SUMMARY

It is one aspect of some embodiments of the present invention to provide a method for drilling an oil or gas well comprising installing an Annular Pressure Control Diverter below a BOP equipment stack as the primary pressure control mechanism.

It is another aspect of some embodiments of the present invention to provide a method for drilling an oil or gas well, comprising: providing a tubing head; interconnecting a production casing head to the tubing head; interconnecting a casing head to the production casing head; interconnecting production casing on a first end to the production casing head and to a second end to a bottom hole drilling assembly; interconnecting an intermediate casing to the casing head, wherein the intermediate casing is positioned about the production casing to provide an outer annulus, the intermediate casing also interconnected to the production casing with a liner hanger and interconnecting inner tubing string configured to transport drilling fluid on a first end to an annular pressure control diverter and to a second end to the bottom hole drilling assembly, wherein portions of the inner tubing string extends through the tubing head, production casing head, and casing head and wherein the inner tubing string is positioned within the production casing to define an inner annulus and wherein the annular pressure control diverter is the primary pressure control mechanism of the oil and gas well.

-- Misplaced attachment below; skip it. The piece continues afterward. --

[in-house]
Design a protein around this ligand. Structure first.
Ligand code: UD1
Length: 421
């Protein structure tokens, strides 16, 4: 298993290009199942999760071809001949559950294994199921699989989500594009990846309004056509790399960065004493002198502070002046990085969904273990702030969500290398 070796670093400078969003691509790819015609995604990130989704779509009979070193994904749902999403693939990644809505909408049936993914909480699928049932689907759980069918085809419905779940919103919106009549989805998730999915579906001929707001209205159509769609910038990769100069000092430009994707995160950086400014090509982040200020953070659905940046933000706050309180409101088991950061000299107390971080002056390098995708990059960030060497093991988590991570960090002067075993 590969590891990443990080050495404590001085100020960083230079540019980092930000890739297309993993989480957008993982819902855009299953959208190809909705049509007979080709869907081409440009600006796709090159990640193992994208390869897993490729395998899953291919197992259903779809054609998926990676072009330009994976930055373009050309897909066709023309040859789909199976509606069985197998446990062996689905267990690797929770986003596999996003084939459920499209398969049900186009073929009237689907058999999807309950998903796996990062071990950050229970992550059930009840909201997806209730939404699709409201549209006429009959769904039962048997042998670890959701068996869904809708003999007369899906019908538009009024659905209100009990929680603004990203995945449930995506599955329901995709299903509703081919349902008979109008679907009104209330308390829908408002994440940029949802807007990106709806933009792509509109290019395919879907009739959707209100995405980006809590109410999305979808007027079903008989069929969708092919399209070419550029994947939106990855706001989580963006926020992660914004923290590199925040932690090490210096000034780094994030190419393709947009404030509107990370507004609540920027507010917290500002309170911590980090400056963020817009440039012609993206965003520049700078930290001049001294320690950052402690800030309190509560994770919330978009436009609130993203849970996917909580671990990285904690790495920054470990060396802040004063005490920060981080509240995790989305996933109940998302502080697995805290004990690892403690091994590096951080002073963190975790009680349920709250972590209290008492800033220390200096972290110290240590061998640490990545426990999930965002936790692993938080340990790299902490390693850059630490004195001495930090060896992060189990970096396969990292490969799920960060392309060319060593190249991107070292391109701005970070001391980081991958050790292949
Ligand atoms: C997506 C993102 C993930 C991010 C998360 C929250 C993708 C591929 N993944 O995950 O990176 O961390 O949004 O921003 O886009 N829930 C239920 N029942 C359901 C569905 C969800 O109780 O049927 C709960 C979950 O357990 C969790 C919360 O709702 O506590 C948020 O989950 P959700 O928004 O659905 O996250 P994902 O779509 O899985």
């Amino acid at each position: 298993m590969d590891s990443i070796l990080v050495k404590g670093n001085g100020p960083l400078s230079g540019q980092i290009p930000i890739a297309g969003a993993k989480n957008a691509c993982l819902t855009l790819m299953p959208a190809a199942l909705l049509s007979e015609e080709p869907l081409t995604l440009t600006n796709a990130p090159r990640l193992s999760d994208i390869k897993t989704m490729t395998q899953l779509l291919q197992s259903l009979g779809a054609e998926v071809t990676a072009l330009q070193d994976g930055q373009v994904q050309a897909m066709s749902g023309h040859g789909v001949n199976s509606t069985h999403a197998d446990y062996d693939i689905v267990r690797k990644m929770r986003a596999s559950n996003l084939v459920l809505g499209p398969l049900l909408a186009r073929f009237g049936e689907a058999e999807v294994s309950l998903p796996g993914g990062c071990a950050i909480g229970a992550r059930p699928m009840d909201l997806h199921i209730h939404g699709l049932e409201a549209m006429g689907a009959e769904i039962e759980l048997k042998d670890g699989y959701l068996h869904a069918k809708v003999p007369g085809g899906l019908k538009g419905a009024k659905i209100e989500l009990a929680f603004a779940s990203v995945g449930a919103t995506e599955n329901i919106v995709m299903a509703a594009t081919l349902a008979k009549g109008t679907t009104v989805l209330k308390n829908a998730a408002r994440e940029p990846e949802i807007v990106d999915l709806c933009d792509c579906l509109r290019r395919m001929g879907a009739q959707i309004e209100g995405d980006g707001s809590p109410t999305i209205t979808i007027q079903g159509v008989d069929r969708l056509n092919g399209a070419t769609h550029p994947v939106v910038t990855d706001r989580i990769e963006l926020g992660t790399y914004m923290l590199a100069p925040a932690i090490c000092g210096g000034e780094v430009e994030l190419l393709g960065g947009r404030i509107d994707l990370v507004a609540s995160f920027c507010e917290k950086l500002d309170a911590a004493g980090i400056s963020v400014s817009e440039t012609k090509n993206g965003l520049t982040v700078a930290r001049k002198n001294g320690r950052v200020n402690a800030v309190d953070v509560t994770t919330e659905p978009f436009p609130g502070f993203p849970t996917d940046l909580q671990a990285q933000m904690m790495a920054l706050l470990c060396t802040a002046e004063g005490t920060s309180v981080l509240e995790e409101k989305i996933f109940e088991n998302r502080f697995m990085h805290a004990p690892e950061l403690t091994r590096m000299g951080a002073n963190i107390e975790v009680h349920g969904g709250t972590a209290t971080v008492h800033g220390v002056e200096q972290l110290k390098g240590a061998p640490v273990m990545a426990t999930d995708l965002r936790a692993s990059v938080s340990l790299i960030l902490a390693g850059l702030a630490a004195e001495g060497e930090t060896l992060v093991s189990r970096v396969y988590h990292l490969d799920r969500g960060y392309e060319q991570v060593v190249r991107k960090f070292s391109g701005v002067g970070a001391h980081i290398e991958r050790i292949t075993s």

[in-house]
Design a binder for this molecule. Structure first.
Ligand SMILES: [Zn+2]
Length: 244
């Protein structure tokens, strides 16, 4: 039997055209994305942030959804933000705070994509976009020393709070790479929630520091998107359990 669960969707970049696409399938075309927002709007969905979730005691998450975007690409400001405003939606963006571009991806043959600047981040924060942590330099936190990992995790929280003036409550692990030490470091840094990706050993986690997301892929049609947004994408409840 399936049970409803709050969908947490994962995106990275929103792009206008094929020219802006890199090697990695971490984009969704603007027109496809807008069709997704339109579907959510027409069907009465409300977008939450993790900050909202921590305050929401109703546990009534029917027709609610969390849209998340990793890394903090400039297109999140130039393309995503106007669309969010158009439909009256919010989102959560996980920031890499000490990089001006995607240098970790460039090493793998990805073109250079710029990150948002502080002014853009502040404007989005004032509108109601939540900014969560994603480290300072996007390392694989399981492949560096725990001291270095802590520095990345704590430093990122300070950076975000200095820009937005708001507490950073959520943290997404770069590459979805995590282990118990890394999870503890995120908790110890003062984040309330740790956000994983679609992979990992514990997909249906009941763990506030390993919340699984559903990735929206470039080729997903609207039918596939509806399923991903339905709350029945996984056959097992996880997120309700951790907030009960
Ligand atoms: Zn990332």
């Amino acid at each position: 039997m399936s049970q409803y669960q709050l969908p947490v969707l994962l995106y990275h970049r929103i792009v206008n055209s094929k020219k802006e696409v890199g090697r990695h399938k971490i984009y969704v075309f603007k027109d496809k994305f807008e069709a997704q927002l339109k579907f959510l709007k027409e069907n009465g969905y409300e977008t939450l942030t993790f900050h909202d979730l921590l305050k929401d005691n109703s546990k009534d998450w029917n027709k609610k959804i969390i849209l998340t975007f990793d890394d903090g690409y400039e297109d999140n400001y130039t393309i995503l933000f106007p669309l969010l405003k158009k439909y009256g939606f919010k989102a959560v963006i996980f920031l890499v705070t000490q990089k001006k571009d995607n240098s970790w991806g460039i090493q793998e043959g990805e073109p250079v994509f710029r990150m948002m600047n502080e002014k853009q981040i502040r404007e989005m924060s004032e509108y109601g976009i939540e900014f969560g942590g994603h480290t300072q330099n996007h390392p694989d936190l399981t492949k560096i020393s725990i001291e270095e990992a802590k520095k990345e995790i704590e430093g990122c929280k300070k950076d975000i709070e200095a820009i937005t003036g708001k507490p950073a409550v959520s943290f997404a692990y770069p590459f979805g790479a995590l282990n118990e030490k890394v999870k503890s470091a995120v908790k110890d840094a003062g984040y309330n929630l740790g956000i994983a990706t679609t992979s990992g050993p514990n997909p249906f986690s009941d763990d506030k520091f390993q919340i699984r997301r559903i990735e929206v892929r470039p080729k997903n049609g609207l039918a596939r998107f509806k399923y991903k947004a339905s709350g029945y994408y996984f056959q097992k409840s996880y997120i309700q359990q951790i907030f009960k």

It is another aspect of some embodiments of the present invention to provide a method for drilling an oil or gas well having a return flow pattern where no fluids return up an annulus between an inner tubing string and a production casing, wherein drilling fluid alternatively returns up an annulus between the production casing and an intermediate casing, comprising: installing a blowout preventer, the blowout preventer being in fluidic communication with the casing head; installing the intermediate casing to the casing head; installing a flow line from the casing head to a production separator; installing the production casing concentric with and inside the intermediate casing; installing the inner tubing string concentric and inside the production casing; wherein the production casing is ported above a lower extremity of the intermediate casing to enable the return flow of fluids from the annulus between the tubing and the production casing, into the annulus between the production casing and the intermediate casing, to the casing head, and to the separator; and installing an Annular Pressure Control Diverter between the blowout preventer and the casing head, the Annular Pressure Control Diverter configured to selectively block the annulus between the inner tubing string and the production casing to create a return flow pattern where no drilling fluid and produced fluids return up the annulus between the inner tubing string and the production casing and instead drilling fluid and produced fluids return up the annulus between the production casing and intermediate casing.